While a culture war has been raging at the local Chick-Fil-A, an economic war has been raging on Wall Street. According to today's issue of The Wall Street Journal, "Knight Capital Group Inc., scrambled Thursday to shore itself up and reassure panicked customers after disclosing a stunning $440 million loss from a computer-trading glitch." So, what happened? Essentially the firm installed new software that created rapid-fire trades in approximately 150 stocks Wednesday morning. This is "high frequency trading" (HFT) wherein buys and sells are placed in speeds measured in milliseconds (millionths of a second).
Knight's extraordinary loss, combined with the failure of the BATS system (wherein Apple lost 10% of its market cap in a blink of an eye), plus the misery of the Facebook IPO, and the "Flash Crash" of May 6, 2010 (where the Dow lost almost 1,000 points in a few minutes time), has sparked a serious debate. Is high-frequency trading beneficial or detrimental. There are loud voices on both sides.
For the most part, proponents of HFT make four basic arguments. First, they state that the technological adoption is inevitable. It can't and won't be stopped and we should just accept it. They consider opponents to be anti-technology. They go on to argue that human trading creates errors also. It is not the fault of the computer programs or algorithms. They next argue that HFT has improved efficiency and thus liquidity. HFT buyers are available to buy when human traders might not be. Finally, proponents argue that HFT has sharply lowered the cost of trading.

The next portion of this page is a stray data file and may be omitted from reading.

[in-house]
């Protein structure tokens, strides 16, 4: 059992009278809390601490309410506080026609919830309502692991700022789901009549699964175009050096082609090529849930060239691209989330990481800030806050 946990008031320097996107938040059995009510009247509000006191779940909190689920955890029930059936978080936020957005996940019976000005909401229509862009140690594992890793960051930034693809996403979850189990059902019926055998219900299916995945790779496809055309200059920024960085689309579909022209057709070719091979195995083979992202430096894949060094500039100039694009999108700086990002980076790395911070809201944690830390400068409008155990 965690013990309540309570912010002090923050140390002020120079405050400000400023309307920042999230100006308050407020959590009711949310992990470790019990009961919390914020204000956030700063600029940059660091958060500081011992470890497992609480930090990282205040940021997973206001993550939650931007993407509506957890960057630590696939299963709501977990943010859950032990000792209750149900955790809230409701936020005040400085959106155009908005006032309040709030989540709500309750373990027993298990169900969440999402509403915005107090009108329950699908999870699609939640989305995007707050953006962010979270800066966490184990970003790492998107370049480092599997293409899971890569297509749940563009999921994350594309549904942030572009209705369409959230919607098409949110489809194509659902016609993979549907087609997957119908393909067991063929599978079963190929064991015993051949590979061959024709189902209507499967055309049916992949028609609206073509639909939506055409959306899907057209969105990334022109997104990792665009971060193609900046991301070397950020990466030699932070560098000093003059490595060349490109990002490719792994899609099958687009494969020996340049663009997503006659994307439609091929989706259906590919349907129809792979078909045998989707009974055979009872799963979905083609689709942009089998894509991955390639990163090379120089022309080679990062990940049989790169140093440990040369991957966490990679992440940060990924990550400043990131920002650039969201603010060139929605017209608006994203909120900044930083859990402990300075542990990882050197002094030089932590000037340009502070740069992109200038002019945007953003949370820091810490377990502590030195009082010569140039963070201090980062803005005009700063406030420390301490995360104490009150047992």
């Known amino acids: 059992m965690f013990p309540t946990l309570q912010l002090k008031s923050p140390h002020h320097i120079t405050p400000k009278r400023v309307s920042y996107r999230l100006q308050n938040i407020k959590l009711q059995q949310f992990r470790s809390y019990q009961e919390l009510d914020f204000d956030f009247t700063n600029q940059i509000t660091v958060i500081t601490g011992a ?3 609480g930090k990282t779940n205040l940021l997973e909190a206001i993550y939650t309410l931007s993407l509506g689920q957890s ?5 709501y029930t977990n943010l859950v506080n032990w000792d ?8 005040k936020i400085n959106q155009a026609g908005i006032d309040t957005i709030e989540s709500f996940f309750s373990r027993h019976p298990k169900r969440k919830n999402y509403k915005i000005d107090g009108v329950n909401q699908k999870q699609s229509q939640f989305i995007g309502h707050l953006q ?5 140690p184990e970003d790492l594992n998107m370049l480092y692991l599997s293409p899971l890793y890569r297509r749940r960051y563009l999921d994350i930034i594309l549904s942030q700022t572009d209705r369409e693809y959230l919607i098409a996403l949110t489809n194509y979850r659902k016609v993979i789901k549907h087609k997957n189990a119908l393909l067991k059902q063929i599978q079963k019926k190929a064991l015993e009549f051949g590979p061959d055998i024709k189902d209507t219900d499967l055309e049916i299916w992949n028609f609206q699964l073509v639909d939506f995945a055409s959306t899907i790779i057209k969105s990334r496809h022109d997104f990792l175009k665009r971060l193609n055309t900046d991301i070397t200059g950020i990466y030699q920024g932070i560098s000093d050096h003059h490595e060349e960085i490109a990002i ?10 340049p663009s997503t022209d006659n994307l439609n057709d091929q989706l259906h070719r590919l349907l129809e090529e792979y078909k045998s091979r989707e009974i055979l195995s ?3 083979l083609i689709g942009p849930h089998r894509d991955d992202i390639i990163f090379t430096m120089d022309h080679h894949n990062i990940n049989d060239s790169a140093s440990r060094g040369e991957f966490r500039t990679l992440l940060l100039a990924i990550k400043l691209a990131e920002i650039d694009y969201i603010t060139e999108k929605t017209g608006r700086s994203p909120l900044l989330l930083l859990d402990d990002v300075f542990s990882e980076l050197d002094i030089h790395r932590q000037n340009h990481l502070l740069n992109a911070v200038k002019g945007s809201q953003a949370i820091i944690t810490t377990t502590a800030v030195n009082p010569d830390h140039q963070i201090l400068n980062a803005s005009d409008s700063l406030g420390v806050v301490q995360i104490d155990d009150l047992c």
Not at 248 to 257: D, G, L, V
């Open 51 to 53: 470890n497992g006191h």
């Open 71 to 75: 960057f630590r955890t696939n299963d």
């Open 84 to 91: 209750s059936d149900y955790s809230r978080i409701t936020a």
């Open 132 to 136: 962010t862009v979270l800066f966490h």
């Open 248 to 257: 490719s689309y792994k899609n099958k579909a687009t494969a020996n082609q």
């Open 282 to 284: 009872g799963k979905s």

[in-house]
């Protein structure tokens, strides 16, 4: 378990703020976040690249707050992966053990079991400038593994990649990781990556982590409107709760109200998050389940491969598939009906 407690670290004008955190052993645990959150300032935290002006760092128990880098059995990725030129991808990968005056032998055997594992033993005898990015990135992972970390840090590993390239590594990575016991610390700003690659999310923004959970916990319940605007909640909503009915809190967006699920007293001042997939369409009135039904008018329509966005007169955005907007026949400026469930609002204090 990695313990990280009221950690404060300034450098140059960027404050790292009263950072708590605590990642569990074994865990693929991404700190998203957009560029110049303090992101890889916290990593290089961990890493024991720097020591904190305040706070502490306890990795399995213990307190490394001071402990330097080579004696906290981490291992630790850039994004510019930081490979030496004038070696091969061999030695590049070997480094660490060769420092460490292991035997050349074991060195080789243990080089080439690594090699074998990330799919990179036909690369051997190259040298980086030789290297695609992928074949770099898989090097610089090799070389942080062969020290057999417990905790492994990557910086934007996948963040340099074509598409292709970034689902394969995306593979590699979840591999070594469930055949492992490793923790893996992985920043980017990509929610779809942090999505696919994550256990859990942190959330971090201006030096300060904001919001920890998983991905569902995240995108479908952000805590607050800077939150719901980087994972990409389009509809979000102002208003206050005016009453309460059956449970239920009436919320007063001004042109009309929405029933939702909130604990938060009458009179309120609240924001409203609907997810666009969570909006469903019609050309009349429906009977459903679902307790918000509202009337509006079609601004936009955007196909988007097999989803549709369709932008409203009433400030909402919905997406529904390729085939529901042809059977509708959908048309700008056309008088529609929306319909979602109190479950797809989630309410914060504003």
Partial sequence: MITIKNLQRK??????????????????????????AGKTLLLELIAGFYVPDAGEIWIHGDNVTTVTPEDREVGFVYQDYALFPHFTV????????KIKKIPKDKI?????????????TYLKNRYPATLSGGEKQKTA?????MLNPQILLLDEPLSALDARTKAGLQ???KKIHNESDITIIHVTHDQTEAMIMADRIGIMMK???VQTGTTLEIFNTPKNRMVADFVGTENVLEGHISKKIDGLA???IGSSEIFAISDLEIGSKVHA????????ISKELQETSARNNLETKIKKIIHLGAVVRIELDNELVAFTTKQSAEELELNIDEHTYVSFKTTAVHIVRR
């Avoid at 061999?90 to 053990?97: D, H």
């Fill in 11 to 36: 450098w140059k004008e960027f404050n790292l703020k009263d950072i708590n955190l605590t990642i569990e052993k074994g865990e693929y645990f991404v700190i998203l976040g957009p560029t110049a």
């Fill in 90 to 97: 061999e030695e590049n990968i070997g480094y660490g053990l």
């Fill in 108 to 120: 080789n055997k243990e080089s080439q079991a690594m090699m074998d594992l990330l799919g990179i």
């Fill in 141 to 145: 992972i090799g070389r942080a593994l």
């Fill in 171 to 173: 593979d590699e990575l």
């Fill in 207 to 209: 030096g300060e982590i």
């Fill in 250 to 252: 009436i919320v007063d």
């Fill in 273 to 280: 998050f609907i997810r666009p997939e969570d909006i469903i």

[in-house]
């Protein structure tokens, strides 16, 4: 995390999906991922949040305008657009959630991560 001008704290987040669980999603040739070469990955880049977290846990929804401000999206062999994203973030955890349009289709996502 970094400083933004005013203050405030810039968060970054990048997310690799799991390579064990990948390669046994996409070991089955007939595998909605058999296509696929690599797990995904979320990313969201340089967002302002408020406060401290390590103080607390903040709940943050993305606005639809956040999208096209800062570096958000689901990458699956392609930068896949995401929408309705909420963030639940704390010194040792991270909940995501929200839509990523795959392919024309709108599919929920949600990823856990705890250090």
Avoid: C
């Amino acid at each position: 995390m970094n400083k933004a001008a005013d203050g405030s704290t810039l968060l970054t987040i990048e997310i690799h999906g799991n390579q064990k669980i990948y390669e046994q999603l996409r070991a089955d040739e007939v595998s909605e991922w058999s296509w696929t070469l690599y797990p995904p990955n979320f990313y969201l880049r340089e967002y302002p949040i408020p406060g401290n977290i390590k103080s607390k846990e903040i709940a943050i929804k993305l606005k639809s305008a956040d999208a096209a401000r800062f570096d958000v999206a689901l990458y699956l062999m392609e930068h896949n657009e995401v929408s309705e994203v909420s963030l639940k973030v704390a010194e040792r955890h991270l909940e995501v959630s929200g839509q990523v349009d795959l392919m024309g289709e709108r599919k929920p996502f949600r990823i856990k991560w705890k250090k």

Opponents are just as vocal. One of these is Marc Cuban who made his personal fortune through technology but sees serious problems with HFT. Here are some excerpts from a June interview with him in The Wall Street Journal:
WSJ:When did you start becoming concerned that rapid-fire trading was a problem?
Mark Cuban: When the flash crash hit, that got me looking at algorithmic trading and the state of the market. I came to realize that the stock market no longer knew what business it was in. I wrote a blog that basically said that the markets for equities of all kinds had evolved to a platform for hackers.
That got me looking further into issue of high-frequency traders. They are the ultimate hackers. They're running software programs that have one goal, and that's to exploit the trading systems as early and often as possible. As someone who wrote software for eight years and who keeps up very closely with the technology world, that scared the hell out of me. The only certainty in the software world is that there is no such thing as bug-free software. When software programs are trying to outsmart other software programs and hack the world's trading platforms, that is a recipe for disaster.